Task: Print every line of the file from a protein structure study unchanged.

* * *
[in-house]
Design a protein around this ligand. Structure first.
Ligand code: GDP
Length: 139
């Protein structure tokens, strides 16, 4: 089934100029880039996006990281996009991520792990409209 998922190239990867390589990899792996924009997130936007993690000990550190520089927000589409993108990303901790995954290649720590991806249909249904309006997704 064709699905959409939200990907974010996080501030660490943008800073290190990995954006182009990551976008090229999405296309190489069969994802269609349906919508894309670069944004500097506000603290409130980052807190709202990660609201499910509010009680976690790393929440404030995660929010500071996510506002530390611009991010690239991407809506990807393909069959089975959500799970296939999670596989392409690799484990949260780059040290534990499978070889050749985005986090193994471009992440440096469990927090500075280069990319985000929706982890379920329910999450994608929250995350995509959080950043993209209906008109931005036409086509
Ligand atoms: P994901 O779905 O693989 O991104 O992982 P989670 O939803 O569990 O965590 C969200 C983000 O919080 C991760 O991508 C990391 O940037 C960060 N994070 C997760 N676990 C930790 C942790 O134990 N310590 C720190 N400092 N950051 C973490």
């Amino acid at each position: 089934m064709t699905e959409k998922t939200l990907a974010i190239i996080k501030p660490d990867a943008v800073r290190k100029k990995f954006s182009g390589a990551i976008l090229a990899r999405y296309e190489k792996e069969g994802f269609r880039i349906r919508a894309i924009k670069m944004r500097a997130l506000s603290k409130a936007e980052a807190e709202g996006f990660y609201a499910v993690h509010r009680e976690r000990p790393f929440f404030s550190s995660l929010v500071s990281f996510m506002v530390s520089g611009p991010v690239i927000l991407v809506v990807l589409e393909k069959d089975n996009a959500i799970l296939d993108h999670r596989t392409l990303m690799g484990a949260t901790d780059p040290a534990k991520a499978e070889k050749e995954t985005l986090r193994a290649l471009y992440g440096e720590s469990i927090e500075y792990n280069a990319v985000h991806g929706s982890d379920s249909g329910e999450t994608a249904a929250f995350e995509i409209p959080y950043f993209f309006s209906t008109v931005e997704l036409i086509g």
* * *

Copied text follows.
[in-house]
Design a protein around this ligand. Structure first.
Ligand code: GDP
Length: 139
């Protein structure tokens, strides 16, 4: 089934100029880039996006990281996009991520792990409209 998922190239990867390589990899792996924009997130936007993690000990550190520089927000589409993108990303901790995954290649720590991806249909249904309006997704 064709699905959409939200990907974010996080501030660490943008800073290190990995954006182009990551976008090229999405296309190489069969994802269609349906919508894309670069944004500097506000603290409130980052807190709202990660609201499910509010009680976690790393929440404030995660929010500071996510506002530390611009991010690239991407809506990807393909069959089975959500799970296939999670596989392409690799484990949260780059040290534990499978070889050749985005986090193994471009992440440096469990927090500075280069990319985000929706982890379920329910999450994608929250995350995509959080950043993209209906008109931005036409086509
Ligand atoms: P994901 O779905 O693989 O991104 O992982 P989670 O939803 O569990 O965590 C969200 C983000 O919080 C991760 O991508 C990391 O940037 C960060 N994070 C997760 N676990 C930790 C942790 O134990 N310590 C720190 N400092 N950051 C973490």
């Amino acid at each position: 089934m064709t699905e959409k998922t939200l990907a974010i190239i996080k501030p660490d990867a943008v800073r290190k100029k990995f954006s182009g390589a990551i976008l090229a990899r999405y296309e190489k792996e069969g994802f269609r880039i349906r919508a894309i924009k670069m944004r500097a997130l506000s603290k409130a936007e980052a807190e709202g996006f990660y609201a499910v993690h509010r009680e976690r000990p790393f929440f404030s550190s995660l929010v500071s990281f996510m506002v530390s520089g611009p991010v690239i927000l991407v809506v990807l589409e393909k069959d089975n996009a959500i799970l296939d993108h999670r596989t392409l990303m690799g484990a949260t901790d780059p040290a534990k991520a499978e070889k050749e995954t985005l986090r193994a290649l471009y992440g440096e720590s469990i927090e500075y792990n280069a990319v985000h991806g929706s982890d379920s249909g329910e999450t994608a249904a929250f995350e995509i409209p959080y950043f993209f309006s209906t008109v931005e997704l036409i086509g």